Review: ‘Indivisible’ Is the RPG You’ve Been Waiting For

Indivisible is a rare thing: A crowdfunded video game that actually delivers. Originally announced back in 2015, Indivisible is a turn-based RPG with Metroidvania exploration elements. It features hand-drawn animations and an art-style influenced by various Asian cultures. Like many others, I’ve been waiting for this game to drop since it was first announced. I’m happy to say that the end result is near perfection. Indivisible is one of the most beautiful and rewarding gameplay experiences of 2019.

Indivisible takes the standard “chosen one” tale we’ve seen hundreds of times before but presents it in a cool and unique way. You play as the plucky Ajna. She lives in a quaint jungle village and spends her days practicing martial arts and getting into arguments with her stern but loving father. After agents of an evil empire destroy her village, Ajna sets off on a journey to avenge the ones she’s lost. Along the way, she meets others who’ve also felt the sting of the empire’s blade. As she journeys with her companions. Ajna learns about her true nature and what it means to believe in oneself.

While turn-based, battles play out in real-time. You’ll have to wait for an action bar to fill before you can initiate another attack. Think of the Active Time Battle system of Final Fantasy. What makes Indivisible’s combat more immediate is how you can perform different attacks by pressing up or down on the left analog stick. If you have a full party of four, you can hit foes with multi-hit combos. This fighting game style of combat doesn’t come as a surprise considering Indivisible is from the same folks who brought us Skullgirls. Mastering combat is one of the most satisfying aspects of the game.

The characters in your roster (called Incarnations) have their own distinct attacks and abilities. Some are melee fighters while others attack with ranged weapons. Some play support roles and provide the party with heals and buffs. The party collectively has a meter that fills up after successfully landing or parrying attacks. Once this meter fills, characters can either unleash devastating attacks or heal the entire party. You’re free to swap characters in and out of your rotation. You don’t have to worry about anyone becoming under-leveled as even inactive members level up with the rest of the party. This encourages players to try different combinations even when new characters become available later in the game.

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The other half of the gameplay is exploration. Ajna will occasionally come across areas of the map she cannot access. As she gains new abilities from her allies, she can then return to these areas and further explore them. For example, Ajna will obtain an axe which she can use to chop down vines. She can also use the axe to elevate herself to higher areas. I won’t spoil it here, but some abilities allow Ajna to explore the world in unique and fun ways. Platforming isn’t as precise or smooth as I’d like. But once you get the hang of the somewhat stiff mechanics, exploring the world becomes rewarding.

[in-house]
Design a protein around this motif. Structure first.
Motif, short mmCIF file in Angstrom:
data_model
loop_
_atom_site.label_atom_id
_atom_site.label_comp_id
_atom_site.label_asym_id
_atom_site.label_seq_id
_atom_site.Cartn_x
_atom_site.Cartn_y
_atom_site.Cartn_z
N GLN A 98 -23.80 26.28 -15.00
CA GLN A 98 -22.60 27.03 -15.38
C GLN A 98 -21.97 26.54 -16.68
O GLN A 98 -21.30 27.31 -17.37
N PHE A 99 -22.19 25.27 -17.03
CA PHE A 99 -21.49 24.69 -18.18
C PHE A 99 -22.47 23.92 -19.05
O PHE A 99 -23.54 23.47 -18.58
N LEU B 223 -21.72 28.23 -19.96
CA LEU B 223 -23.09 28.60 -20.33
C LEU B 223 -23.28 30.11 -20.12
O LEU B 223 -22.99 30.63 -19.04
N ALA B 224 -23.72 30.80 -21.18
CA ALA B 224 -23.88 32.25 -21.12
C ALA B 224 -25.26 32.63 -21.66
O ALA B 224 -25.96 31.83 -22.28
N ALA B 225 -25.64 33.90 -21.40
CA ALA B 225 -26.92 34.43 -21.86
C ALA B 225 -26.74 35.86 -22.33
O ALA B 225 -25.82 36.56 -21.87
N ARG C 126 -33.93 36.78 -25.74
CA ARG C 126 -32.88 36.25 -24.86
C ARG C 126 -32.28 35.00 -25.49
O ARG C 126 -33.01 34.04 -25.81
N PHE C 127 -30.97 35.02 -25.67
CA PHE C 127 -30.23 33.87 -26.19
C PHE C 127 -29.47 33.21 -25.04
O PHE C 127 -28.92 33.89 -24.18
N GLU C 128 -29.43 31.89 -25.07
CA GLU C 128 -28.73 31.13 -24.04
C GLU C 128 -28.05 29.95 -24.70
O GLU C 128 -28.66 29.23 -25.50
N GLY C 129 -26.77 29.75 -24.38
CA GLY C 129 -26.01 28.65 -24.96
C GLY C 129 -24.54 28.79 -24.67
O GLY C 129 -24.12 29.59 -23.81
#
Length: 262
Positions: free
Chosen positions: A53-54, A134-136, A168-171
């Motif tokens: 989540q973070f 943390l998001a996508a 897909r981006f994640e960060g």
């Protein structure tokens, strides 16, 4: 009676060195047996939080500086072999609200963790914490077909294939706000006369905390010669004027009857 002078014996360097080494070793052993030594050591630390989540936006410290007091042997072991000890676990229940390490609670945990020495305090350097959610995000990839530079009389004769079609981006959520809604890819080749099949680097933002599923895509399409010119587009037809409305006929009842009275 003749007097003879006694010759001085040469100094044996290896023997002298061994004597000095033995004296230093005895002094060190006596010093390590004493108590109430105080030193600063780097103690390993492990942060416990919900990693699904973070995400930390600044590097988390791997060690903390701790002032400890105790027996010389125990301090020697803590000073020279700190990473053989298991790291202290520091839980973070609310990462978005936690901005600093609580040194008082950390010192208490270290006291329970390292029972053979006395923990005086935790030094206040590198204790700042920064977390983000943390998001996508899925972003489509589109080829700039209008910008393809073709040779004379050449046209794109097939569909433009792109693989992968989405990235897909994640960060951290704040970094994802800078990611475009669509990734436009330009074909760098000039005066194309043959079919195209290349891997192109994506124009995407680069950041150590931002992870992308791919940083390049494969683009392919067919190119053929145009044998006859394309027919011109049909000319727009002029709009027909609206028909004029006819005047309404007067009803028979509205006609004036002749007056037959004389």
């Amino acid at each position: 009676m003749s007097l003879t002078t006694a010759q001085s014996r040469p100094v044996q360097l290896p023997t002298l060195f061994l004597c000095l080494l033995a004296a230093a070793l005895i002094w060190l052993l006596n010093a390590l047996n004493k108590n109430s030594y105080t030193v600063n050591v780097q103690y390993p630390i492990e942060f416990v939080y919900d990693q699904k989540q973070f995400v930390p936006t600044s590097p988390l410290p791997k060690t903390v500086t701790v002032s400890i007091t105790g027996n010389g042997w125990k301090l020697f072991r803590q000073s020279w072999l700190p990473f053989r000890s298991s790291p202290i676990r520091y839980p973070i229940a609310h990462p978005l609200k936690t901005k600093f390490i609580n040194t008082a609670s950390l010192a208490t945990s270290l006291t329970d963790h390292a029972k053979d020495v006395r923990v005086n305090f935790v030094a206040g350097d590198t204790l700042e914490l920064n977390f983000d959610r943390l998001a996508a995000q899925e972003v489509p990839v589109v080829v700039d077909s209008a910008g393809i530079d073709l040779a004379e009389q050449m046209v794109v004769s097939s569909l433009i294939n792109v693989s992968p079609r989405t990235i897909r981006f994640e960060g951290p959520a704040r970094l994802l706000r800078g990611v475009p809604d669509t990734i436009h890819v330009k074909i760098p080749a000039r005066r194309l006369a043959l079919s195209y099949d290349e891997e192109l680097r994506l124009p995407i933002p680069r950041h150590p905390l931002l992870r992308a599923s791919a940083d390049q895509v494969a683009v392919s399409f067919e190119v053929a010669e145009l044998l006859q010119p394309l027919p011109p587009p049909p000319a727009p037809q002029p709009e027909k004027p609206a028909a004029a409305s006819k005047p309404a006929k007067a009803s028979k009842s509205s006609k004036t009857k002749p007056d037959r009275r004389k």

Indivisible keeps things light when it comes to upgrades. Aside from red stones used as currency to improve your offense and defense, there is no upgrade system whatsoever. The main focus is on the individual characters’ skills and how to best utilize them during combat. It’s a refreshing change of pace if you’re tired of every game having some kind of complicated upgrade or crafting system.

Boss battles are where combat truly comes to life. Parrying attacks, knowing when to heal, and waiting for the right opportunity to unleash combos are the keys to victory. Bosses will occasionally leave the battlefield and throw different obstacles at you. These take the form of small enemies and environmental hazards like acid dripping from the ceiling. You’ll even have to navigate through platforming sections during some of the later boss battles. Though some bosses tend to absorb way too much damage before they go down, fighting these creatures is always a blast.

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Aside from the engaging combat, Indivisible’s biggest highlight is its presentation. Each character and monster comes to life via gorgeous hand-drawn animations. Even simple things like Ajna’s basic running loop looks amazing. There were certain instances where I lost battles simply because the animations mesmerized me so much. Making the already wonderful animations pop even more is the bright and vibrant color palette. Seriously, you can take a screenshot of any moment of this game and frame it on a wall. My words cannot properly convey just how gorgeous Indivisible looks.

As someone who has watched Indivisible since its reveal, I can unequivocally say it was well worth the way. It reminds me of the type of RPGs I used to enjoy on the Sega Saturn. Like Cuphead, it demonstrates how awesome hand-animated games look on modern consoles. Its combat system is the epitome of “easy to learn, difficult to master.” While the platforming sections aren’t all that, they do a nice job of breaking up the combat. If you haven’t been keeping an eye on Indivisible, you owe it to yourself to try it. It really is an awesome experience.

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